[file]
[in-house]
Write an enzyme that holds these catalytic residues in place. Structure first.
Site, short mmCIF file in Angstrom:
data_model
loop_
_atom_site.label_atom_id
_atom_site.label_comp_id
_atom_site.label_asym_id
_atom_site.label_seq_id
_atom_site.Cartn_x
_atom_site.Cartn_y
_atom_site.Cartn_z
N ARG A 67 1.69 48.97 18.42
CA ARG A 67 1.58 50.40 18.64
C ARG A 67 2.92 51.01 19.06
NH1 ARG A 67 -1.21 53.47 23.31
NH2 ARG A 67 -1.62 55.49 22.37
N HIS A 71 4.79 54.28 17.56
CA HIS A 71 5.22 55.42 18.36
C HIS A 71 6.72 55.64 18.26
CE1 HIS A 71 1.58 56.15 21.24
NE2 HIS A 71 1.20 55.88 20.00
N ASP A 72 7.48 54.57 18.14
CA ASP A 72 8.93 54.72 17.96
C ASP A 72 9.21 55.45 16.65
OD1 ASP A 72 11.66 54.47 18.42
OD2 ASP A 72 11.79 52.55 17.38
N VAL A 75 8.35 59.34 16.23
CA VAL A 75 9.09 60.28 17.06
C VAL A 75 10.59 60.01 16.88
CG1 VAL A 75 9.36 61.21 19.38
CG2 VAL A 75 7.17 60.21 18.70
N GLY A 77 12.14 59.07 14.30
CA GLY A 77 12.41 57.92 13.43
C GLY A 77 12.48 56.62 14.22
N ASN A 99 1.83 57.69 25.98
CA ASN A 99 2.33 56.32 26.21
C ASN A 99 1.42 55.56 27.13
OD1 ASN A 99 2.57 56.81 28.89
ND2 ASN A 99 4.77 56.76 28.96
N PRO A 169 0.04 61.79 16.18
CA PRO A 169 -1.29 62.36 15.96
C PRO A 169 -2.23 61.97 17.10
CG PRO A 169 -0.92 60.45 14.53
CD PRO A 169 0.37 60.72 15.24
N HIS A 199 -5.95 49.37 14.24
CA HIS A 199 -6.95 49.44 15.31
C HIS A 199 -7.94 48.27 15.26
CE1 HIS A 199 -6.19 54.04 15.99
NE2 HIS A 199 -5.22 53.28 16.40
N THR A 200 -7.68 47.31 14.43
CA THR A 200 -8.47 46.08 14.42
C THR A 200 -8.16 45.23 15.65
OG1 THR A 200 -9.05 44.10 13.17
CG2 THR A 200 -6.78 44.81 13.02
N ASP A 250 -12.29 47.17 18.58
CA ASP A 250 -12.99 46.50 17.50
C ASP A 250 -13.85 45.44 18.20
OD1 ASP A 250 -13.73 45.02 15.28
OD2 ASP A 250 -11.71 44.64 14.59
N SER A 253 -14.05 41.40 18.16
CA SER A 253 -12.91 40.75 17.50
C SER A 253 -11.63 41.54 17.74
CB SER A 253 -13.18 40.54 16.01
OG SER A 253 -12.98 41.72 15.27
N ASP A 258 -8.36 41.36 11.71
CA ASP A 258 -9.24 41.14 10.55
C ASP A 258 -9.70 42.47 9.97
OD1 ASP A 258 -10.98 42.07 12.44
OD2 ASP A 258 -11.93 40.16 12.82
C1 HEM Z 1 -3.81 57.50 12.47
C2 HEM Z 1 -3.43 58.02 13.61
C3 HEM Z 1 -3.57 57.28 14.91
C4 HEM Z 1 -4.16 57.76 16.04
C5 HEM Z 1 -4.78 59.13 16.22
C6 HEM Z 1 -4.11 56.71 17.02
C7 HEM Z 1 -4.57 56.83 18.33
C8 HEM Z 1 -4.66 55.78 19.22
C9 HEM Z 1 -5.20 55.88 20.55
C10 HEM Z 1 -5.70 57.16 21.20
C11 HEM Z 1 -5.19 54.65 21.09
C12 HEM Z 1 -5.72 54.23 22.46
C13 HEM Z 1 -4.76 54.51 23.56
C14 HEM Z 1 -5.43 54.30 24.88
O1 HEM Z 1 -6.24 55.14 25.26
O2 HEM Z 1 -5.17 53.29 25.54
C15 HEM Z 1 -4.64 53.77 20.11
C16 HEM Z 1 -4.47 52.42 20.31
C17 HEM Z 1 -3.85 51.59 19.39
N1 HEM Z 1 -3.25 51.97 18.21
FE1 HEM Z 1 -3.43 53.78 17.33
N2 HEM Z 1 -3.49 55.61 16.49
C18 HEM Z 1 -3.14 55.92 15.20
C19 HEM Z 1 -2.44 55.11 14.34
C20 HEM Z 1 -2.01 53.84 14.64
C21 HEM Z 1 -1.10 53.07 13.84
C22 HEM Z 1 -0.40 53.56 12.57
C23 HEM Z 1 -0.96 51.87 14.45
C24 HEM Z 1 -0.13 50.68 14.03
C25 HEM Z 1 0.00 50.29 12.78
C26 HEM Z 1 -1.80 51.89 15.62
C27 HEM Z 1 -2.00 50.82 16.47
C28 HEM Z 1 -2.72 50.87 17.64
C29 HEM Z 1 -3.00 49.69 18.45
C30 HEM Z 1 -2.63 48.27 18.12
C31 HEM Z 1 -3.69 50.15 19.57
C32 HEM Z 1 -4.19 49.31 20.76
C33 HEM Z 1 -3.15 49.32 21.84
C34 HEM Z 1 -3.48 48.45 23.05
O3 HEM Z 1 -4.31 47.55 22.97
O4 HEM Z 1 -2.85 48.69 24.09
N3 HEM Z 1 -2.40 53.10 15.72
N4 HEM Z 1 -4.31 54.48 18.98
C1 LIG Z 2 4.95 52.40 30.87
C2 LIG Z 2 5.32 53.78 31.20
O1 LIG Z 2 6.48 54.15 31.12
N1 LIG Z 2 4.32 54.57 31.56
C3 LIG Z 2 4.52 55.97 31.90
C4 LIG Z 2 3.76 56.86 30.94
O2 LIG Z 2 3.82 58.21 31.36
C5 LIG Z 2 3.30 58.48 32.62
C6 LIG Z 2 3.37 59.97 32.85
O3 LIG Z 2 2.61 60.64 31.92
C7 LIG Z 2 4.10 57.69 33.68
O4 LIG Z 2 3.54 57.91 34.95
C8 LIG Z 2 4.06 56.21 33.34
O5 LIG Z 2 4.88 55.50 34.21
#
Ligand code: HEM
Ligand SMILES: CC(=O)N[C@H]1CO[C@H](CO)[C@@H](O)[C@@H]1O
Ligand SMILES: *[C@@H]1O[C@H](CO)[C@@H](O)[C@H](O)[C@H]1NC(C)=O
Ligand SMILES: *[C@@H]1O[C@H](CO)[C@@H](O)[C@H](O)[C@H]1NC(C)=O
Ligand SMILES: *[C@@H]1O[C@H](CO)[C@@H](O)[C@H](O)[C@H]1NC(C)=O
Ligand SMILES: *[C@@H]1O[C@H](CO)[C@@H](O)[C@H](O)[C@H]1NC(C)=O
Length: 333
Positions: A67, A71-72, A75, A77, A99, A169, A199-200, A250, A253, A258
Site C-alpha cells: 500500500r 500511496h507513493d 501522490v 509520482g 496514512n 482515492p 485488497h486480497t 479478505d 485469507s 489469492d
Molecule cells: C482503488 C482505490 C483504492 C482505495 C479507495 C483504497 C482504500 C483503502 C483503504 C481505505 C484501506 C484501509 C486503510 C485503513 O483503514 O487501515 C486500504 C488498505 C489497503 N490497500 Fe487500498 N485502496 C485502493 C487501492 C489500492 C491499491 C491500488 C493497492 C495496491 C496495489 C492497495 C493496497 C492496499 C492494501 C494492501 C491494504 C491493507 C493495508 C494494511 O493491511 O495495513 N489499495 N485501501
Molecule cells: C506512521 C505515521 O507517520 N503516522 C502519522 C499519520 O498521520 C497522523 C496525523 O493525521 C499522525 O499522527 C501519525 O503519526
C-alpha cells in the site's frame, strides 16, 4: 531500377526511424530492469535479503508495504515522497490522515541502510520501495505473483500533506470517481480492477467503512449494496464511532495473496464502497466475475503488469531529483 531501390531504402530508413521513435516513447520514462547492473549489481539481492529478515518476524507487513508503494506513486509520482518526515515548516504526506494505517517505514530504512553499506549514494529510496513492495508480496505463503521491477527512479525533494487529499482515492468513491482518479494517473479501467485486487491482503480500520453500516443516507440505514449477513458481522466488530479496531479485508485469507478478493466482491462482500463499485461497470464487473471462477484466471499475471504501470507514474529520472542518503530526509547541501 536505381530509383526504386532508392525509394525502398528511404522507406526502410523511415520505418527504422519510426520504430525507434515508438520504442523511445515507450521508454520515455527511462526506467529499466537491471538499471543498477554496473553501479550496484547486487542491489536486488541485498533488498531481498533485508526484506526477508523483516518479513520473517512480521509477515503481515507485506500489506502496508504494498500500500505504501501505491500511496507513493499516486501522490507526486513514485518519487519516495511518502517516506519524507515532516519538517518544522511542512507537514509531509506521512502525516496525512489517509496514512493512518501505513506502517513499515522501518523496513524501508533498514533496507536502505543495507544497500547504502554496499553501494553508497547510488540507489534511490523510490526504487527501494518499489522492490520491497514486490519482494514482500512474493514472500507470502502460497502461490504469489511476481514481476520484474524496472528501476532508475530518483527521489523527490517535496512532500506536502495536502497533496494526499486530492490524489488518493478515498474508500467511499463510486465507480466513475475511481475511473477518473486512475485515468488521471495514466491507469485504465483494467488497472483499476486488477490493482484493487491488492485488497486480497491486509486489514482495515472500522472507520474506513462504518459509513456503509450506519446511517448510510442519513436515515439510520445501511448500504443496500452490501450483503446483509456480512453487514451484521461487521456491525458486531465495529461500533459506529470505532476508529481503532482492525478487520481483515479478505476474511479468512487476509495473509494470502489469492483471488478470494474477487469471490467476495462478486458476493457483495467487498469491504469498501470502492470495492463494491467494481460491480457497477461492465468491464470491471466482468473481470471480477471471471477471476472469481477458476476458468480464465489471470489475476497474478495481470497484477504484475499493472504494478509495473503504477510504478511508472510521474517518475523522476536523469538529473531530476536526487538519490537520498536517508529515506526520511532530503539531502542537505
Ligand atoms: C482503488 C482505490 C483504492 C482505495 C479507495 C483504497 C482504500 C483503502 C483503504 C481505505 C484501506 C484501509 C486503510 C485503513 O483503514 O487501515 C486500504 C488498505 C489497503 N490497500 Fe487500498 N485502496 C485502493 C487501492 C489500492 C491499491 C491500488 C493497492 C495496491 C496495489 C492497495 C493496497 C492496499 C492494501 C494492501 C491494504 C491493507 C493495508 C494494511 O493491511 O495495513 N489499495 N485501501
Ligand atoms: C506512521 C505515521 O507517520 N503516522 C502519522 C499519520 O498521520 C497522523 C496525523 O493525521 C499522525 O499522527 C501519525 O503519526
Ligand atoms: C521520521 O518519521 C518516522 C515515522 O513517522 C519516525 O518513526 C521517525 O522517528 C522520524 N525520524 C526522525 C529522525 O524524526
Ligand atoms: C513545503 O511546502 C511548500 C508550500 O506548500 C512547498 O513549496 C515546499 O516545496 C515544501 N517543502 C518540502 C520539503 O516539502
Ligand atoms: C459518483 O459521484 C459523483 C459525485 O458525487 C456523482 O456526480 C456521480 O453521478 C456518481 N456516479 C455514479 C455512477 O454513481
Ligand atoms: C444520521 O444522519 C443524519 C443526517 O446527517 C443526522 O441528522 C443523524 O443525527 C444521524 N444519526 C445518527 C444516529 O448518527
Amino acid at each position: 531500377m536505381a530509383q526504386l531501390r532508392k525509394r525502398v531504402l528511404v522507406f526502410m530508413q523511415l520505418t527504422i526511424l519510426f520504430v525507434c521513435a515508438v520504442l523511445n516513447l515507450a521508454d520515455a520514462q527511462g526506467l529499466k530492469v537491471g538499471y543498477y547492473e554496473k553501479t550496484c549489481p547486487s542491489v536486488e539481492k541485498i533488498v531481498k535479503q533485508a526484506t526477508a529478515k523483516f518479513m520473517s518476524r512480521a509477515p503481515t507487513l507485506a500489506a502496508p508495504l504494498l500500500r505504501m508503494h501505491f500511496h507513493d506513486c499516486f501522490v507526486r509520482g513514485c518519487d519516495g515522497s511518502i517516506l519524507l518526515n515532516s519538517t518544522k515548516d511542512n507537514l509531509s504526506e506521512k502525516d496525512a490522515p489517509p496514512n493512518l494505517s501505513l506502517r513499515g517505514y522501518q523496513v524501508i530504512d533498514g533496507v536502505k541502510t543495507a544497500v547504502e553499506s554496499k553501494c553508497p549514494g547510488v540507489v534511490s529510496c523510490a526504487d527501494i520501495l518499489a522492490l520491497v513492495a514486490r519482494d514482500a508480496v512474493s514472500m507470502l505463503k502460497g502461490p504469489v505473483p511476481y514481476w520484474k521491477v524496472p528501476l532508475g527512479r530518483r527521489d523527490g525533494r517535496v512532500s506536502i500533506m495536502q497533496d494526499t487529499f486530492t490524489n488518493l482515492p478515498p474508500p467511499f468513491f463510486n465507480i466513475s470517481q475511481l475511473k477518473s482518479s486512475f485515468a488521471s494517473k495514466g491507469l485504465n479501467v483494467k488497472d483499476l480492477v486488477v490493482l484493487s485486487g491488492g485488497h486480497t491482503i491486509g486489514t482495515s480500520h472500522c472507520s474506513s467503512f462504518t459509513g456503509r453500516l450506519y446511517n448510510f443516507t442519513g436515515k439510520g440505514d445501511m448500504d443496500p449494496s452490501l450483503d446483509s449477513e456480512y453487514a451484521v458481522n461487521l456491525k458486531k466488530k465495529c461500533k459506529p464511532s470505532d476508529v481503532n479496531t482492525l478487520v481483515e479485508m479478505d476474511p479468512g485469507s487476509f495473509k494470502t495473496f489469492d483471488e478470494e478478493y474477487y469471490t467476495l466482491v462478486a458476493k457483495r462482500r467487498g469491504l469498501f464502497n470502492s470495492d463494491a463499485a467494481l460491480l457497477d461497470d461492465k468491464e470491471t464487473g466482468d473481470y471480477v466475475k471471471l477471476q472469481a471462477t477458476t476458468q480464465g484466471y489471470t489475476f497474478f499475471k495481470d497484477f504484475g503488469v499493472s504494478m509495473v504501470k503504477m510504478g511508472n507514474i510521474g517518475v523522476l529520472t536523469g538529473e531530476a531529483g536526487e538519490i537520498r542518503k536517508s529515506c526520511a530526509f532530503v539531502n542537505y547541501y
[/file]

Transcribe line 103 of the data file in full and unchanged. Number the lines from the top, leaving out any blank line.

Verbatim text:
C28 HEM Z 1 -2.72 50.87 17.64